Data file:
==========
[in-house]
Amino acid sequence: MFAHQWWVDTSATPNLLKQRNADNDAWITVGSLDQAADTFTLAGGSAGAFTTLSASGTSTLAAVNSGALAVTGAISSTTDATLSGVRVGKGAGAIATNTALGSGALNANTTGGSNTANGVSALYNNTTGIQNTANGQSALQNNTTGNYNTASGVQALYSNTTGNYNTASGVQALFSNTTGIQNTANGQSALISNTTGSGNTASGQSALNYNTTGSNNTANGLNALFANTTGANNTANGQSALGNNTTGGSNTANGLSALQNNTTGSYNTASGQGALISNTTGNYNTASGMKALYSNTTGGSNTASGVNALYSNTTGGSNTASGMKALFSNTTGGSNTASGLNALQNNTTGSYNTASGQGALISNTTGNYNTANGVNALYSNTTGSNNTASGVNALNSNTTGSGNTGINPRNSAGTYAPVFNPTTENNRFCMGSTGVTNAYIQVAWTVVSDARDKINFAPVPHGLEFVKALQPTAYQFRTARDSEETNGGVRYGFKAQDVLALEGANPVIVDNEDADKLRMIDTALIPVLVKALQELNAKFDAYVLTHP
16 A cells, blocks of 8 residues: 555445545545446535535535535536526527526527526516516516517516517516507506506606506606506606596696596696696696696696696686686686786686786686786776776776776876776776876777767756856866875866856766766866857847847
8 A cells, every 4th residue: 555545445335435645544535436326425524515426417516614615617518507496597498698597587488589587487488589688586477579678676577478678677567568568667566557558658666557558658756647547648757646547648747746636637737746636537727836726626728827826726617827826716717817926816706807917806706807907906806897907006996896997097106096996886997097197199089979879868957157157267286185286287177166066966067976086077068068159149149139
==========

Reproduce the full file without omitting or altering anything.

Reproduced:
[in-house]
Amino acid sequence: MFAHQWWVDTSATPNLLKQRNADNDAWITVGSLDQAADTFTLAGGSAGAFTTLSASGTSTLAAVNSGALAVTGAISSTTDATLSGVRVGKGAGAIATNTALGSGALNANTTGGSNTANGVSALYNNTTGIQNTANGQSALQNNTTGNYNTASGVQALYSNTTGNYNTASGVQALFSNTTGIQNTANGQSALISNTTGSGNTASGQSALNYNTTGSNNTANGLNALFANTTGANNTANGQSALGNNTTGGSNTANGLSALQNNTTGSYNTASGQGALISNTTGNYNTASGMKALYSNTTGGSNTASGVNALYSNTTGGSNTASGMKALFSNTTGGSNTASGLNALQNNTTGSYNTASGQGALISNTTGNYNTANGVNALYSNTTGSNNTASGVNALNSNTTGSGNTGINPRNSAGTYAPVFNPTTENNRFCMGSTGVTNAYIQVAWTVVSDARDKINFAPVPHGLEFVKALQPTAYQFRTARDSEETNGGVRYGFKAQDVLALEGANPVIVDNEDADKLRMIDTALIPVLVKALQELNAKFDAYVLTHP
16 A cells, blocks of 8 residues: 555445545545446535535535535536526527526527526516516516517516517516507506506606506606506606596696596696696696696696696686686686786686786686786776776776776876776776876777767756856866875866856766766866857847847
8 A cells, every 4th residue: 555545445335435645544535436326425524515426417516614615617518507496597498698597587488589587487488589688586477579678676577478678677567568568667566557558658666557558658756647547648757646547648747746636637737746636537727836726626728827826726617827826716717817926816706807917806706807907906806897907006996896997097106096996886997097197199089979879868957157157267286185286287177166066966067976086077068068159149149139